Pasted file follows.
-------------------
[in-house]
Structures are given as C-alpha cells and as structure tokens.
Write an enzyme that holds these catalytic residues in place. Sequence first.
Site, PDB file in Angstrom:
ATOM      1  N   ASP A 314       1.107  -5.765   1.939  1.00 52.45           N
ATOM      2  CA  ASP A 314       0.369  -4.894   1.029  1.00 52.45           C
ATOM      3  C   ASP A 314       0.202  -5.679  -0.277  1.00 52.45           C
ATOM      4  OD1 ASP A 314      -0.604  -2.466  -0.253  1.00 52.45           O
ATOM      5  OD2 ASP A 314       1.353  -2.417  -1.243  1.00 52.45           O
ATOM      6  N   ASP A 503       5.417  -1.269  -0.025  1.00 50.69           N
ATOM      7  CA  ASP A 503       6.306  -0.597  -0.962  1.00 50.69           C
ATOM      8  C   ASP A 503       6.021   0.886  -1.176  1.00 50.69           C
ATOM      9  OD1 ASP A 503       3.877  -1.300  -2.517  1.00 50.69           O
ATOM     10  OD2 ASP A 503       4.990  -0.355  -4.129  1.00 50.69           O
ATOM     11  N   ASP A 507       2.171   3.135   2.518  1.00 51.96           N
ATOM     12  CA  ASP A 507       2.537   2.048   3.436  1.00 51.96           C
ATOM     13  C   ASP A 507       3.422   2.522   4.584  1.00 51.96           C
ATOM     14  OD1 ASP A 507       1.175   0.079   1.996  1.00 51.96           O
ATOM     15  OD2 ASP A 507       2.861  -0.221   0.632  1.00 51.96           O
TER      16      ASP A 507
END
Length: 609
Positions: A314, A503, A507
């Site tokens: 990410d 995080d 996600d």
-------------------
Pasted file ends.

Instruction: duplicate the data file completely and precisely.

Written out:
[in-house]
Structures are given as C-alpha cells and as structure tokens.
Write an enzyme that holds these catalytic residues in place. Sequence first.
Site, PDB file in Angstrom:
ATOM      1  N   ASP A 314       1.107  -5.765   1.939  1.00 52.45           N
ATOM      2  CA  ASP A 314       0.369  -4.894   1.029  1.00 52.45           C
ATOM      3  C   ASP A 314       0.202  -5.679  -0.277  1.00 52.45           C
ATOM      4  OD1 ASP A 314      -0.604  -2.466  -0.253  1.00 52.45           O
ATOM      5  OD2 ASP A 314       1.353  -2.417  -1.243  1.00 52.45           O
ATOM      6  N   ASP A 503       5.417  -1.269  -0.025  1.00 50.69           N
ATOM      7  CA  ASP A 503       6.306  -0.597  -0.962  1.00 50.69           C
ATOM      8  C   ASP A 503       6.021   0.886  -1.176  1.00 50.69           C
ATOM      9  OD1 ASP A 503       3.877  -1.300  -2.517  1.00 50.69           O
ATOM     10  OD2 ASP A 503       4.990  -0.355  -4.129  1.00 50.69           O
ATOM     11  N   ASP A 507       2.171   3.135   2.518  1.00 51.96           N
ATOM     12  CA  ASP A 507       2.537   2.048   3.436  1.00 51.96           C
ATOM     13  C   ASP A 507       3.422   2.522   4.584  1.00 51.96           C
ATOM     14  OD1 ASP A 507       1.175   0.079   1.996  1.00 51.96           O
ATOM     15  OD2 ASP A 507       2.861  -0.221   0.632  1.00 51.96           O
TER      16      ASP A 507
END
Length: 609
Positions: A314, A503, A507
């Site tokens: 990410d 995080d 996600d």